Movies and TV shows often bring us iconic lines and memorable moments. While the credit usually goes to the writers, there are times when actors contribute significantly to the script. Here are some occasions when stars left their mark by rewriting or suggesting changes to their characters’ lines and scenes.
Jenna Ortega’s Influence on “Wednesday”
Jenna Ortega wasn’t just acting on the set of “Wednesday” Season 1. She often opted out of delivering lines that she believed didn’t resonate with her character.
During a Netflix Q&A, Jenna revealed, “There was a line about a dress that didn’t feel right. We tried to steer away from dialogue that made her sound less authentic.”
For the upcoming Season 2, Jenna’s involvement deepens as she joins as a producer. She expressed her enthusiasm about being involved in early script discussions in an interview with the Hollywood Reporter.
Reese Witherspoon’s Take on “Cruel Intentions”
Reese Witherspoon wasn’t entirely on board with her character, Annette Hargrove, in the original “Cruel Intentions” script. She collaborated with writer/director Roger Kumble for a week to give Annette a stronger voice.
Roger, speaking to Entertainment Weekly, acknowledged, “Without Reese’s input as a writer, the movie wouldn’t have been the same.”
The “Iron Man” Script Overhaul
Discussing their process on the Hollywood Reporter’s Actor’s Roundtable, Bridges mentioned, “Just as we were about to shoot, Marvel disagreed with our changes. It led to a lot of on-the-fly adjustments.”
Robert Downey Jr.’s Touch on “Iron Man 3”
Known for his improvisational prowess, Robert Downey Jr. often felt the need to adjust his dialogue in “Iron Man 3.” Director Shane Black, speaking to CinemaBlend, said, “Downey would stop scenes to refine his lines. We’d rewrite together.”
Paul Rudd’s Role in “Ant-Man”
After Edgar Wright’s departure from “Ant-Man,” Paul Rudd collaborated with Adam McKay to revamp the script. Adam praised Rudd’s writing skills in an interview with Collider, noting their intensive weeks-long joint effort.
Michael Douglas, however, was initially hesitant about the leading actor’s involvement in scriptwriting, expressing his concerns to Collider.
Meryl Streep’s Strong Presence in “Kramer vs. Kramer”
Upon reading the novel “Kramer vs. Kramer,” Meryl Streep had reservations about her character, Joanna. Determined to make her more authentic, Streep accepted the role on the condition that the character be revised. Additionally, she personally penned Joanna’s impactful courtroom monologue.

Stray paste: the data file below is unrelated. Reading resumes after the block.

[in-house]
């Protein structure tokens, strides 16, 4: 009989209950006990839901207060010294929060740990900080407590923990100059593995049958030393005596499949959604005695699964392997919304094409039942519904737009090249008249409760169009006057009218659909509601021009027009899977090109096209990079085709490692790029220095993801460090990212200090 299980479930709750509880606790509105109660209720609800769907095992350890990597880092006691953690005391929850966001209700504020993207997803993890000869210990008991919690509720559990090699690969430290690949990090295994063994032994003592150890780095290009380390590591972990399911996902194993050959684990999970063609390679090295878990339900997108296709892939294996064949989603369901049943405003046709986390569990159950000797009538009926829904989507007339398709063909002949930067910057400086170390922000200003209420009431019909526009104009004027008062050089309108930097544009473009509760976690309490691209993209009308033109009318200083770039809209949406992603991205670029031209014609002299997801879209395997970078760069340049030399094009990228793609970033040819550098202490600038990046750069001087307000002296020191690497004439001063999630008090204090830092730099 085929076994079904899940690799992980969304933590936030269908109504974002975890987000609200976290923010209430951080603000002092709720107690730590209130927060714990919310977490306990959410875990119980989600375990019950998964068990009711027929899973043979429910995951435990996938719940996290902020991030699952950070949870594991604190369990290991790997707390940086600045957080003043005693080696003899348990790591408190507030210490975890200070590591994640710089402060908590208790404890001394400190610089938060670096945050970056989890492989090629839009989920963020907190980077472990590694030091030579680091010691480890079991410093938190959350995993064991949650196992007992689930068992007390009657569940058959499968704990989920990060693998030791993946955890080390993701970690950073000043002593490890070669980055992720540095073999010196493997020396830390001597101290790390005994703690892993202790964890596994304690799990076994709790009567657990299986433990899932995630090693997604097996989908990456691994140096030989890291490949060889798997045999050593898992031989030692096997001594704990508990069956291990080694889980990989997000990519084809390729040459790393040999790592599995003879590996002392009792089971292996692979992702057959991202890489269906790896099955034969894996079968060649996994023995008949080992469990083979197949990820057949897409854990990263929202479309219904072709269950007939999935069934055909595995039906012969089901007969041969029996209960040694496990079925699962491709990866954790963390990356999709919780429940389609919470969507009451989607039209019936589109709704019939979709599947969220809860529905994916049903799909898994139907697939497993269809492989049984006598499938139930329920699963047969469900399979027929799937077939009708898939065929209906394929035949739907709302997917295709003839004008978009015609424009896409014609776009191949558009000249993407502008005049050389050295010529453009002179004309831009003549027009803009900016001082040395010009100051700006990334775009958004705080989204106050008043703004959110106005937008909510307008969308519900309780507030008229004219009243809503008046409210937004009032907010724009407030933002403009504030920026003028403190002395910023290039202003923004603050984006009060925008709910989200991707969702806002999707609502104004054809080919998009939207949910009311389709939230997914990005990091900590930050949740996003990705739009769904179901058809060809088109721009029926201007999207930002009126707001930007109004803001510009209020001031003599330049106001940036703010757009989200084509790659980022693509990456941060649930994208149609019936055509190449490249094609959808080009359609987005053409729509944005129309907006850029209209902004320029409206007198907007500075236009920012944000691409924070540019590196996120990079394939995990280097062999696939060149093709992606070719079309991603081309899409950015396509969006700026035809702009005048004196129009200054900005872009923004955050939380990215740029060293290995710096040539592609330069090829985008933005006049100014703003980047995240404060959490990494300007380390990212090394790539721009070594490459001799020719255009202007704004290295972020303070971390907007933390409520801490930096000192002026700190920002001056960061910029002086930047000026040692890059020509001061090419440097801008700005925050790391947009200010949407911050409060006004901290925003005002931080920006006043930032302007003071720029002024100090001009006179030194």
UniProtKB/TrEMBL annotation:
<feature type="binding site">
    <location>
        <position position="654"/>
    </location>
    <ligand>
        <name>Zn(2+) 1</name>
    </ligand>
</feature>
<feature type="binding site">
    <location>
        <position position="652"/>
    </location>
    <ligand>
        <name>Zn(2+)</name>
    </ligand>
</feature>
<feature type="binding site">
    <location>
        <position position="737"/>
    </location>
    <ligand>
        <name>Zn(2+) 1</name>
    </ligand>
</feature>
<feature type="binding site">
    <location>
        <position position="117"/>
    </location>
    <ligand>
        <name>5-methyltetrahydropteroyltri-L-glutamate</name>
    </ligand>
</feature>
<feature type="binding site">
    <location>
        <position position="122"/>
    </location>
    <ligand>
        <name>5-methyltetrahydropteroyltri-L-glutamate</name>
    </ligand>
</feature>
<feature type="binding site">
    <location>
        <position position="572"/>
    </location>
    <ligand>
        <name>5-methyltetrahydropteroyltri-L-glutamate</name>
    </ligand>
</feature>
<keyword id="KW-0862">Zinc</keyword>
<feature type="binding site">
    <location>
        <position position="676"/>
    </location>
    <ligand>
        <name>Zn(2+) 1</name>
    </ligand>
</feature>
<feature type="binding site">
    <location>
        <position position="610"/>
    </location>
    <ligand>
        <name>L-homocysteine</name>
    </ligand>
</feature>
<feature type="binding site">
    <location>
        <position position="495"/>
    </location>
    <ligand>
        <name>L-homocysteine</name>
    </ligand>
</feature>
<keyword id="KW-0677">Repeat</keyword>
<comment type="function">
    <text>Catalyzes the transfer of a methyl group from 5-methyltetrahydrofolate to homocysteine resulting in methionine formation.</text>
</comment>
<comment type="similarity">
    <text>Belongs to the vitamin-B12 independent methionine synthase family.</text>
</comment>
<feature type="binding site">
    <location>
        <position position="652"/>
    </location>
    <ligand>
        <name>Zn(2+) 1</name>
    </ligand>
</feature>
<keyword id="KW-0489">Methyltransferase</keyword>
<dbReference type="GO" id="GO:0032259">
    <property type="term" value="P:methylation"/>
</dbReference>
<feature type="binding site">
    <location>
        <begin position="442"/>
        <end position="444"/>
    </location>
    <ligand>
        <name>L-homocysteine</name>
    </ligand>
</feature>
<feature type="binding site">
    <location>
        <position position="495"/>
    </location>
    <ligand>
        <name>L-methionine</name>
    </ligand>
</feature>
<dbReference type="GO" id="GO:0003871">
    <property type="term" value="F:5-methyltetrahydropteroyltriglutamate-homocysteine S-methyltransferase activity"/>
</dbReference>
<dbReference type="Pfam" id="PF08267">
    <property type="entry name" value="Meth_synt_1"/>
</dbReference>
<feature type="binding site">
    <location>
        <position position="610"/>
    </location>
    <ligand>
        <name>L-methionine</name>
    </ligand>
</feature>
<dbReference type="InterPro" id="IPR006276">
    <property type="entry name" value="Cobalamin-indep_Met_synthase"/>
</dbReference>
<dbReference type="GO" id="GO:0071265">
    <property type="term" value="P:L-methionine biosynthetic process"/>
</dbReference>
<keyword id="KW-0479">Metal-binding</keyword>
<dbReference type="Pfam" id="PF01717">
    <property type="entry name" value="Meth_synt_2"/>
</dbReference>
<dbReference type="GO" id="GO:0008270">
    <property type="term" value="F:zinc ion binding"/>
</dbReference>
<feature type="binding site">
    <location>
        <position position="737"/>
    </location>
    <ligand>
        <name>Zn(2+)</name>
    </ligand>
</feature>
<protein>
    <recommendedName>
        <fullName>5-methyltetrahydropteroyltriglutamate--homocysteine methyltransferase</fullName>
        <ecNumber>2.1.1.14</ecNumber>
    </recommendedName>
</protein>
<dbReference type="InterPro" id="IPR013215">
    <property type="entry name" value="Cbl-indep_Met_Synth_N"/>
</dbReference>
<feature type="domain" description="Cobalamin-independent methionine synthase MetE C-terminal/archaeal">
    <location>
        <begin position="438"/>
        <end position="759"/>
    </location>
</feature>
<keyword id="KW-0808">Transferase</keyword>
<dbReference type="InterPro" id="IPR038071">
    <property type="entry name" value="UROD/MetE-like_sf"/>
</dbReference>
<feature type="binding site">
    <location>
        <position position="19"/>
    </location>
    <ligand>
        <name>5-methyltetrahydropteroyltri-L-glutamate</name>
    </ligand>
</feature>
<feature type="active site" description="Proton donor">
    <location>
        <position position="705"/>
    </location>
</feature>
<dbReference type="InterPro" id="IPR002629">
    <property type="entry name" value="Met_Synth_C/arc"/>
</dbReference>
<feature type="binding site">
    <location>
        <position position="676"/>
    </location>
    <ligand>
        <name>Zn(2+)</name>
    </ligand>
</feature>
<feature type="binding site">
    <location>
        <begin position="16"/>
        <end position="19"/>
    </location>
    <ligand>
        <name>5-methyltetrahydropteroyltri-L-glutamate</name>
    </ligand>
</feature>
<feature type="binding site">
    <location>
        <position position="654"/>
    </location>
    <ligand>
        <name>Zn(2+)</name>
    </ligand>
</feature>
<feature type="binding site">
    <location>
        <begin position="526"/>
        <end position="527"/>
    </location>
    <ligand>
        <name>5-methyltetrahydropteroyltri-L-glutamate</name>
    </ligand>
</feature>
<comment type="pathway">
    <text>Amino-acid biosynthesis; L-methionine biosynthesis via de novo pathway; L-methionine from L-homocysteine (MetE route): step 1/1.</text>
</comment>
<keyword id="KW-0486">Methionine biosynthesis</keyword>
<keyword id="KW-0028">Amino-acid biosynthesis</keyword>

Various accounts have emerged about Streep’s casting and her interactions with the crew. She did, however, make a significant impact on her character’s portrayal.
Alan Rickman’s Secret Weapon for “Robin Hood: Prince of Thieves”
Alan Rickman wasn’t thrilled with the initial script for “Robin Hood: Prince of Thieves.” Without informing the screenwriters, he sought the help of Ruby Wax and Peter Barnes for rewrites.
In an interview with the Times, Rickman shared his clandestine rewrite sessions, including impromptu meetings over pizza. The results? Lines so humorous that the crew struggled to suppress their laughter on set.
Crispin Glover: The Silent Assassin in “Charlie’s Angels”
In a bold move, Crispin Glover proposed his character, the Thin Man, be devoid of any dialogue in “Charlie’s Angels.” He deemed the initial lines “terrible” and “expositional,” which eventually led to an eerily silent and iconic character in the film. Glover’s switch to prioritizing high-paying roles to fund his personal filmmaking showcases his adaptive nature in Hollywood.
Mahershala Ali: A Blade with Precision
The departure of director Bassam Tariq from the “Blade” movie saw lead actor Mahershala Ali stepping up. Not only was he discontent with the script, but he also took an active role in the rewrites. His dedication to the role even included personally pitching himself to Kevin Feige.
Tom Cruise: Helming “The Mummy”
Tom Cruise wasn’t just the lead actor for “The Mummy” (2017); he was the driving force behind its narrative changes. Cruise reportedly integrated new writers to mold the story, increasing his screen presence and adding dramatic twists. His collaboration with Andrew Mondshein, an editor and longtime ally, further demonstrated his commitment to the film.
Marlon Brando: The Method Actor in “Apocalypse Now”
Marlon Brando’s portrayal of Colonel Walter Kurtz in “Apocalypse Now” was as unpredictable as it was brilliant. Opting for method acting, he improvised a majority of his scenes, pushing director Francis Ford Coppola to adapt swiftly.
Jack Nicholson: Crafting Frank Costello in “The Departed”
Initially, Frank Costello’s character didn’t exist in “The Departed.” However, the combined creative prowess of Jack Nicholson, Martin Scorsese, and Leonardo DiCaprio brought this character to life, resulting in a multi-layered antagonist that resonated with audiences.
Edward Norton: An “Incredible” Rewrite
Edward Norton’s involvement in “The Incredible Hulk” came with a stipulation — he would rewrite Zak Penn’s screenplay. While many of his scenes were ultimately discarded, his strong vision for the character was evident.
Sylvester Stallone: From “Beverly Hills Cop” to “Cobra”
Originally cast in “Beverly Hills Cop,” Sylvester Stallone revamped the script to match his action-star persona. The elevated budget of his rendition prompted him to exit, taking his ideas to create the film “Cobra.” Ironically, his replacement in the initial movie was the comedic genius Eddie Murphy.